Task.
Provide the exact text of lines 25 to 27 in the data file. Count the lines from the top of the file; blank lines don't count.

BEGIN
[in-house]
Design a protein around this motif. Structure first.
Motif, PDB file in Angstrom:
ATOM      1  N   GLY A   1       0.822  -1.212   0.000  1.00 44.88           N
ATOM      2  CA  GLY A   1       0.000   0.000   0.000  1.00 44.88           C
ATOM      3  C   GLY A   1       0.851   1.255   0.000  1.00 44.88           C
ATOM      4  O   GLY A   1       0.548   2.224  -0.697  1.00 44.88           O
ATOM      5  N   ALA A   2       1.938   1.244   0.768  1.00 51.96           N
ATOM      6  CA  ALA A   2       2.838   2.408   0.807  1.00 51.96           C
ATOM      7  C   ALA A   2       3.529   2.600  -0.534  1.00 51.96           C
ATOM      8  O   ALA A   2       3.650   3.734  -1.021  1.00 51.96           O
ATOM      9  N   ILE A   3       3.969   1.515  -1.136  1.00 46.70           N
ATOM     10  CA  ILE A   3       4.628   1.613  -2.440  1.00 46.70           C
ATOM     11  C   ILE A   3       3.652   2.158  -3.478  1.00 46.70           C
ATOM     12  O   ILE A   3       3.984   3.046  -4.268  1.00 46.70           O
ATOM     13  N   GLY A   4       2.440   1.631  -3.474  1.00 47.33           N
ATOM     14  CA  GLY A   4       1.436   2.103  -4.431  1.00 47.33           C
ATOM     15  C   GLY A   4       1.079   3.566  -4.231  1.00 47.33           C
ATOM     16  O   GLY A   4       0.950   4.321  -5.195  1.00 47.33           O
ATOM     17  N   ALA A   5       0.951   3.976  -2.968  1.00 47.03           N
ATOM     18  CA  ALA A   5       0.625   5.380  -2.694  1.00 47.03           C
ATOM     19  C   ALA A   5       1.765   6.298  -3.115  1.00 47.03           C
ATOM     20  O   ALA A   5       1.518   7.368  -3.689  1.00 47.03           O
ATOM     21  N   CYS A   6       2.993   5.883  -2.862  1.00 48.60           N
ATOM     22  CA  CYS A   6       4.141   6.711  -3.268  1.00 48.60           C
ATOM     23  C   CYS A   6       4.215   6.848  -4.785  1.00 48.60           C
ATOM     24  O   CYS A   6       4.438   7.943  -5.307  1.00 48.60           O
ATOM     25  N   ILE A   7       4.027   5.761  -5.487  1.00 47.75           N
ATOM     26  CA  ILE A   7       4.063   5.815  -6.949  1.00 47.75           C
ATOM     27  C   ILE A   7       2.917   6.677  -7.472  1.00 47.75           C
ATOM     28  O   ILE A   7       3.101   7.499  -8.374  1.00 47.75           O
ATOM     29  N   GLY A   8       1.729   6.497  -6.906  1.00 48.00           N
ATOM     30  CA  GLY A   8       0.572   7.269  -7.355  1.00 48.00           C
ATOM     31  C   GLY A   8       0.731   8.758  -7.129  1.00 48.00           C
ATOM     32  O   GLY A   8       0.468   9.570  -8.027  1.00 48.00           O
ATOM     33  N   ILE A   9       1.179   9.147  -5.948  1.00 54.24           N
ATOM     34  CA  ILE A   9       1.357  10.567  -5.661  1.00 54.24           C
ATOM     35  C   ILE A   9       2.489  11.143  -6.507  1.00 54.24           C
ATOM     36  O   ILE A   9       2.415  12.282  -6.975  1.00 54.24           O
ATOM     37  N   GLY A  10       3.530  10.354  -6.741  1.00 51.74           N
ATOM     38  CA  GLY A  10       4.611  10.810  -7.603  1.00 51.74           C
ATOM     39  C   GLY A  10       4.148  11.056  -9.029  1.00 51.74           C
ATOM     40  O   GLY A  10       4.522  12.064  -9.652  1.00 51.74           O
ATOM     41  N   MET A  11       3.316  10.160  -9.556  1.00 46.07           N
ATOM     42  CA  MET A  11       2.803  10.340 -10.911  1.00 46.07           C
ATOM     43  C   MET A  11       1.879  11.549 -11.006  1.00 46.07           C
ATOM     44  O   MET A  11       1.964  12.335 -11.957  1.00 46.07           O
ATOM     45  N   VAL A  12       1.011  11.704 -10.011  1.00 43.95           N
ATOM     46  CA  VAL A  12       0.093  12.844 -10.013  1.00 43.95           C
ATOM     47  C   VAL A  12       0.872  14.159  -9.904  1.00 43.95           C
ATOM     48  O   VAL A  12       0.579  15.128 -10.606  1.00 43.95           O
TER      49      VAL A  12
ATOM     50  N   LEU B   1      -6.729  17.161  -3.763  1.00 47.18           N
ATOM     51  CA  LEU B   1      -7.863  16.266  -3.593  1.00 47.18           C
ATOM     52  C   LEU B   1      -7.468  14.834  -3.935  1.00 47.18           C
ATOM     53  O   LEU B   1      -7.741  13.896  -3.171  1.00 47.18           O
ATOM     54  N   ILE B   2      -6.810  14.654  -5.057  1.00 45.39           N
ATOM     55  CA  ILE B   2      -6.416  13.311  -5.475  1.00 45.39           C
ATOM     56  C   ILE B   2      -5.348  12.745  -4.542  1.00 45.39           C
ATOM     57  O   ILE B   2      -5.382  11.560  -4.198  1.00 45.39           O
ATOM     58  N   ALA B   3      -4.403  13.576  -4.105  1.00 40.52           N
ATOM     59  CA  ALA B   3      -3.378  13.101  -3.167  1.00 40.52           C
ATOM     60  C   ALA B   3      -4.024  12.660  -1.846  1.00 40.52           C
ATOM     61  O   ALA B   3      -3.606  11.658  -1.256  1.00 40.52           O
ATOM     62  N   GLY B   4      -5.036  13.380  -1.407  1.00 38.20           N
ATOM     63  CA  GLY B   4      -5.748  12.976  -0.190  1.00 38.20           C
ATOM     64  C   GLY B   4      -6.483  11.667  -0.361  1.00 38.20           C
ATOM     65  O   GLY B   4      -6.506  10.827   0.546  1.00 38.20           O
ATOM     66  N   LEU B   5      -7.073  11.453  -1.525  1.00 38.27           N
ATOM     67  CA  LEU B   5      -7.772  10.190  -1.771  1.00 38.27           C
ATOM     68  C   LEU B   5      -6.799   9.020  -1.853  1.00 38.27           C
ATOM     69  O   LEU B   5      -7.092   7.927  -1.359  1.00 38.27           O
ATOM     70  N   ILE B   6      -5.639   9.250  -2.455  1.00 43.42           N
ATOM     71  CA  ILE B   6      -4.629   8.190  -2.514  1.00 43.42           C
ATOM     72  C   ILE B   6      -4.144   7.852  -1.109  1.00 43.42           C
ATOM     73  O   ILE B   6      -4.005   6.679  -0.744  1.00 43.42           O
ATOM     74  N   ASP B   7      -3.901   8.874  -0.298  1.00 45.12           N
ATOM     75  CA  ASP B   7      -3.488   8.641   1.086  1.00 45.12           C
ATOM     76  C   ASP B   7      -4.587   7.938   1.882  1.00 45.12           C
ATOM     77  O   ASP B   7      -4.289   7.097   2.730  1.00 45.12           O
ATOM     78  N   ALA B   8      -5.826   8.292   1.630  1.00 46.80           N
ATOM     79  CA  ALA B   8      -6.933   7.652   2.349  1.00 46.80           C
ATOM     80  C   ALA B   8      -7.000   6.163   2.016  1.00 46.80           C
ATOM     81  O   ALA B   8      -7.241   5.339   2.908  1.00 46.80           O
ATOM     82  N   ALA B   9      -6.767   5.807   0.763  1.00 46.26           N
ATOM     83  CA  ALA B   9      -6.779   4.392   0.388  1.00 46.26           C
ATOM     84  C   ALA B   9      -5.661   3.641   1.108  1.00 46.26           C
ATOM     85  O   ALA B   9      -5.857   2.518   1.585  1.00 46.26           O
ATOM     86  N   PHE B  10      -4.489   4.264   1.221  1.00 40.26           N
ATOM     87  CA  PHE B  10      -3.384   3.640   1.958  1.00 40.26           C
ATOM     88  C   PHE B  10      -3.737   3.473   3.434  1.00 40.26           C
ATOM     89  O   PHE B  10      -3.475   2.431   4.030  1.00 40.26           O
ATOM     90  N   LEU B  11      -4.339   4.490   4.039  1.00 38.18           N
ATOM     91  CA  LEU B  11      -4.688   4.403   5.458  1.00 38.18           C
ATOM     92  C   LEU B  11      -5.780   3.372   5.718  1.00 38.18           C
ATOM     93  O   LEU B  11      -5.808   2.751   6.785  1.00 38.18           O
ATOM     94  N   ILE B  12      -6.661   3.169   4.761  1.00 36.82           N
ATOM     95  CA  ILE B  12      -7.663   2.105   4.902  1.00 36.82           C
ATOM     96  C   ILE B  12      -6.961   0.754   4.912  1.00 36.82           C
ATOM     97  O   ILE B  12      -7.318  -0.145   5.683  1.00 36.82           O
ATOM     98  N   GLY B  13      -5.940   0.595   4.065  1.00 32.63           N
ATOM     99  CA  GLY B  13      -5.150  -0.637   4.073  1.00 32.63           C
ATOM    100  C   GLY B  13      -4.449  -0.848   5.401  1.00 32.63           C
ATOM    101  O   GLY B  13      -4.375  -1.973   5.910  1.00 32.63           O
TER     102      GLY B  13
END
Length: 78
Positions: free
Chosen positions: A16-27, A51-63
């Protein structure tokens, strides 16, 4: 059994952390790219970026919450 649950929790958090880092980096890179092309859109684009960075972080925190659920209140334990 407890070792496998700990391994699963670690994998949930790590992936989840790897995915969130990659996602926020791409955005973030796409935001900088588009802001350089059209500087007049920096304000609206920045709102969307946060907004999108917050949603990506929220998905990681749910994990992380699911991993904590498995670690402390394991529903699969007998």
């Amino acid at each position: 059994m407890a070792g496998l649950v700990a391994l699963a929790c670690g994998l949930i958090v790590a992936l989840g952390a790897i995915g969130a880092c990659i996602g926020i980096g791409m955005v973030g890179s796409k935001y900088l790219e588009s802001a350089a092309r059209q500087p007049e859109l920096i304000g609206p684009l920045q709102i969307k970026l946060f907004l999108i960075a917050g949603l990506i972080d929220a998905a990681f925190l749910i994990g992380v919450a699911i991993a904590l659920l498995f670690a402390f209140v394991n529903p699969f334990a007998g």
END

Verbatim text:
ATOM     22  CA  CYS A   6       4.141   6.711  -3.268  1.00 48.60           C
ATOM     23  C   CYS A   6       4.215   6.848  -4.785  1.00 48.60           C
ATOM     24  O   CYS A   6       4.438   7.943  -5.307  1.00 48.60           O